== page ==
According to a study, fully vaccinated cancer patients with breakthrough Covid-19 infections are still at high risk of hospitalisation and death.
According to the study, which was published in the journal Annals of Oncology, fully vaccinated patients who experienced breakthrough infections had a hospitalisation rate of 65%, an ICU or mechanical ventilation rate of 19%, and a death rate of 13%.
“Patients with cancer who develop breakthrough Covid-19 even following full vaccination can still experience severe outcomes, including death,” said Toni Choueiri, Director of the Lank Center for Genitourinary Care at Dana-Farber Cancer Institute.
“That is why a multilayered approach that includes masking and social-distancing, along with vaccination plus booster against Covid-19 remains an essential approach for the foreseeable future,” Choueiri added.
The information was gathered between November 1, 2020, and May 31, 2021, prior to the recommendation of booster vaccines for cancer patients.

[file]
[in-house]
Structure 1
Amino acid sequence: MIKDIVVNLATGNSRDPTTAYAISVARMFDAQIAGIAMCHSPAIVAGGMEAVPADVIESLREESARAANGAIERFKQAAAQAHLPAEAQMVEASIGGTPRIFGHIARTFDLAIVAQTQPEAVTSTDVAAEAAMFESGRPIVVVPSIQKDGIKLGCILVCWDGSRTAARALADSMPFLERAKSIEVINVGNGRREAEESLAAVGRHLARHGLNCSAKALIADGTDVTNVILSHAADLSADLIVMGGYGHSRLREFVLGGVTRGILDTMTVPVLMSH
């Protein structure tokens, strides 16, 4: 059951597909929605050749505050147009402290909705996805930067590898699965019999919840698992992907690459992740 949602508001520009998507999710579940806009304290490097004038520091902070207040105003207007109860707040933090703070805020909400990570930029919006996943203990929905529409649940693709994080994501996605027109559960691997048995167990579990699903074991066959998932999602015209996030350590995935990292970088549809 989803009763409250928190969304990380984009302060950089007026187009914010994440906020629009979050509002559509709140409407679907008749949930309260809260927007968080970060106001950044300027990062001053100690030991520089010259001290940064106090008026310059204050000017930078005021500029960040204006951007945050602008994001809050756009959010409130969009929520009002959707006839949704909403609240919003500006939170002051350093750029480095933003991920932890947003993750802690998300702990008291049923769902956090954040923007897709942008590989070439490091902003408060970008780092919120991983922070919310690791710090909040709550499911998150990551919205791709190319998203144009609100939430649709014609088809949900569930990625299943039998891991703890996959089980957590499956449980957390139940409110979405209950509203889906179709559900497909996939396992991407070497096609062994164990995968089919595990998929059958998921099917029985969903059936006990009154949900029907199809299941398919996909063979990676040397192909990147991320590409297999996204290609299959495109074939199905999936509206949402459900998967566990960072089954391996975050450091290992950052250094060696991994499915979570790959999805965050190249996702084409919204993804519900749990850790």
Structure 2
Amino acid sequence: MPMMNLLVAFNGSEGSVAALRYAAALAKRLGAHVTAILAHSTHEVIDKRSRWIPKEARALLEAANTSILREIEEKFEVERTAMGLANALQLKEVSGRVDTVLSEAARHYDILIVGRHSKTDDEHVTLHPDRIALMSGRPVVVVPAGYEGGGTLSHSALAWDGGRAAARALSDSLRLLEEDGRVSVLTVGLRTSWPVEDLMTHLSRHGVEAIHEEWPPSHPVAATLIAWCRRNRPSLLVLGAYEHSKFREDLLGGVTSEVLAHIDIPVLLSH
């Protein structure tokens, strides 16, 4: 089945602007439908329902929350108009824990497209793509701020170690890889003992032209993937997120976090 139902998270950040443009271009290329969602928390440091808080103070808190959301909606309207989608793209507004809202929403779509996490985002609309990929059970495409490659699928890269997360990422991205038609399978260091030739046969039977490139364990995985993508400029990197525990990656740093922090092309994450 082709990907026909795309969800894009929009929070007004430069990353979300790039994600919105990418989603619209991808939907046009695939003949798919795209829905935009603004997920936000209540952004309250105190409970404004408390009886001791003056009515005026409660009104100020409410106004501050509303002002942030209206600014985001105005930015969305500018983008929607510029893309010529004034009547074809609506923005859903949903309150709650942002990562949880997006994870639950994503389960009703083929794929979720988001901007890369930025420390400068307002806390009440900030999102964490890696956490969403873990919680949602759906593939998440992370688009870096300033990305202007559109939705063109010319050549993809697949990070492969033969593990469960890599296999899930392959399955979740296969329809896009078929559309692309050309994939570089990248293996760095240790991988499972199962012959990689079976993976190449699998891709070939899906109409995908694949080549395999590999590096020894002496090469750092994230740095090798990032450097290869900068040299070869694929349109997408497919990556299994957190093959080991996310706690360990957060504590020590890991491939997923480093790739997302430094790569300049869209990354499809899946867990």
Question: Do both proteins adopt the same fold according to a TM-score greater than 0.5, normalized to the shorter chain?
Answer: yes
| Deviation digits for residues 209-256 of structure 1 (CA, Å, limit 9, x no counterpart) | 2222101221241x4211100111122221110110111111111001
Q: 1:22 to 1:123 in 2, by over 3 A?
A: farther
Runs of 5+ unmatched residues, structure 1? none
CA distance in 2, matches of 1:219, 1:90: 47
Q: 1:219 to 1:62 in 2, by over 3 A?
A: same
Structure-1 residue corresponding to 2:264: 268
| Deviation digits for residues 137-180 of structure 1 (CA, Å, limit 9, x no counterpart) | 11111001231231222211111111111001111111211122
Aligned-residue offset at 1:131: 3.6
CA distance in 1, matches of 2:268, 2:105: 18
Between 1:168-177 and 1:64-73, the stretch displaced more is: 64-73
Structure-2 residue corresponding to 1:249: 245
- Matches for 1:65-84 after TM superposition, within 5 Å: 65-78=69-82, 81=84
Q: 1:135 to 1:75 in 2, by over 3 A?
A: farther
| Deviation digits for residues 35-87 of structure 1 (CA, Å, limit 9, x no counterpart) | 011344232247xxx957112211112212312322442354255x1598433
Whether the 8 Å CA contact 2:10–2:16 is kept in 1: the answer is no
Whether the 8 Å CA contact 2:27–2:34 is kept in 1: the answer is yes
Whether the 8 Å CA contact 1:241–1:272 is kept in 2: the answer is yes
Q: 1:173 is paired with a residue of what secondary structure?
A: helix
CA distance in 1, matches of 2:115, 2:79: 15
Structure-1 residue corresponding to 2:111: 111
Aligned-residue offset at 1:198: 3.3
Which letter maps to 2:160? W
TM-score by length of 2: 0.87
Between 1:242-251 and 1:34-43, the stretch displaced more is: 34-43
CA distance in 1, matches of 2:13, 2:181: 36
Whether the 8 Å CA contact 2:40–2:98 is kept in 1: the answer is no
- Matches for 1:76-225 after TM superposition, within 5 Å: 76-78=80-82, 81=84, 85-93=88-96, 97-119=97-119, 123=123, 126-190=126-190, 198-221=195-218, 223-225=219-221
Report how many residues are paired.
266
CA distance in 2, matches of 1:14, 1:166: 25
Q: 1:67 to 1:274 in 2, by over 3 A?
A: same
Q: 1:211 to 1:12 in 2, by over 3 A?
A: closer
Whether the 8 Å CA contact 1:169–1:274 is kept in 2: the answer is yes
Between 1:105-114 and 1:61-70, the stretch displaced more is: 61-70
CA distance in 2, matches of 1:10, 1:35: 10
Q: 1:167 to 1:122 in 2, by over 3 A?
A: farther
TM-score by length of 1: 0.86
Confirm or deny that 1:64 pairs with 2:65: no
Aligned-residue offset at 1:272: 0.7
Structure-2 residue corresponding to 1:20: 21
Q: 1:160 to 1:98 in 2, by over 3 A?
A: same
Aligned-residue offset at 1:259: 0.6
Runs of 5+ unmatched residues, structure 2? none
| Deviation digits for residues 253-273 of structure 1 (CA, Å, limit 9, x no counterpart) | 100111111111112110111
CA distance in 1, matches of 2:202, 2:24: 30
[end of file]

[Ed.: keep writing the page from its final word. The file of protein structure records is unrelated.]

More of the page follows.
“Because measures of immunity are not routinely collected in clinical care, we don’t know whether these were patients who mounted effective immune responses after vaccination, a lot of emerging data have suggested that patients with cancer, especially blood cancers, don’t mount adequate protective antibody responses,” said Jeremy Warner, Associate Professor at Vanderbilt-Ingram Cancer Center.
“It’s important to note that many of the same factors that we identified prior to the availability of vaccinationa”age, comorbidities, performance status, and progressing cancera”still seem to drive many of the bad outcomes,” he noted.
For the study, the researchers identified 1,787 patients with cancer and Covid-19, the vast majority of whom were unvaccinated.
The number of people who had been fully vaccinated was 54, and 46% of those who had been fully vaccinated had lower levels of lymphocytes, which are T and B cells that are responsible for immune responses to viruses. Lymphopenia is a common complication in cancer patients receiving anti-CD20 monoclonal antibodies or CAR-T cell treatments for hematologic malignancies such as lymphoma and leukaemia.
The study appears to support previous findings that patients with hematologic malignancies are at a higher risk of severe Covid-19 outcomes.
The number of patients in the study, however, is too small to draw definitive conclusions about specific types of anticancer therapies that may be associated with breakthrough infections, according to the researchers. Patients on corticosteroid treatment appeared to be more vulnerable to hospitalisation.